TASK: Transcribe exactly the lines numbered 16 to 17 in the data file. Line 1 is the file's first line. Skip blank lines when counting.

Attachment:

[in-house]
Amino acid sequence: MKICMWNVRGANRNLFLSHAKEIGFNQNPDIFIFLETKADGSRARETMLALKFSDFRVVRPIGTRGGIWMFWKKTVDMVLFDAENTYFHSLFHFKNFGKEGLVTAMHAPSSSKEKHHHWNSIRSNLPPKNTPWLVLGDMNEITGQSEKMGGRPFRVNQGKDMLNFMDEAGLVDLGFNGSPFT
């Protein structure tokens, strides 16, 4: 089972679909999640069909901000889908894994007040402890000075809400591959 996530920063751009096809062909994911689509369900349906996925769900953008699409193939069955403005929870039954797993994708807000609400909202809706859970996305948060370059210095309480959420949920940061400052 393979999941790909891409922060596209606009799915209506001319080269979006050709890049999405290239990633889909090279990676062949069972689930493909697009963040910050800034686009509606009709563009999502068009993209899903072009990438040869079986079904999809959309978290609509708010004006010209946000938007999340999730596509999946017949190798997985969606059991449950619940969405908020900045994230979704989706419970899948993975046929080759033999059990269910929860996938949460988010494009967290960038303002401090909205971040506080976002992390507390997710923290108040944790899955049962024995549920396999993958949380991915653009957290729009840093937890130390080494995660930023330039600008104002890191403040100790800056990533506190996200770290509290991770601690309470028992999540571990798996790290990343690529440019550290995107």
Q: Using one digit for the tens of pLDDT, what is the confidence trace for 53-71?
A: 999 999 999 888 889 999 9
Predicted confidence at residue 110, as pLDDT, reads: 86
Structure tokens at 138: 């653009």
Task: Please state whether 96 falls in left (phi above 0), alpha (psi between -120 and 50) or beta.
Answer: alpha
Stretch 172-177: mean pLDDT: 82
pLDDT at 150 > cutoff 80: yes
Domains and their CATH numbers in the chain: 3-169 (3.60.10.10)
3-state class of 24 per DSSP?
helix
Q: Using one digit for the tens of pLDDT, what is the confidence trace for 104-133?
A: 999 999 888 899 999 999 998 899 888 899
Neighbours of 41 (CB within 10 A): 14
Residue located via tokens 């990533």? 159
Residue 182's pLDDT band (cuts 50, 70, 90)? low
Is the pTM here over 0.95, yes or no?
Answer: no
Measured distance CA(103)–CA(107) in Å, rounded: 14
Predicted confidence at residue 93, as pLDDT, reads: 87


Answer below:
A: 999 999 888 899 999 999 998 899 888 899
Neighbours of 41 (CB within 10 A): 14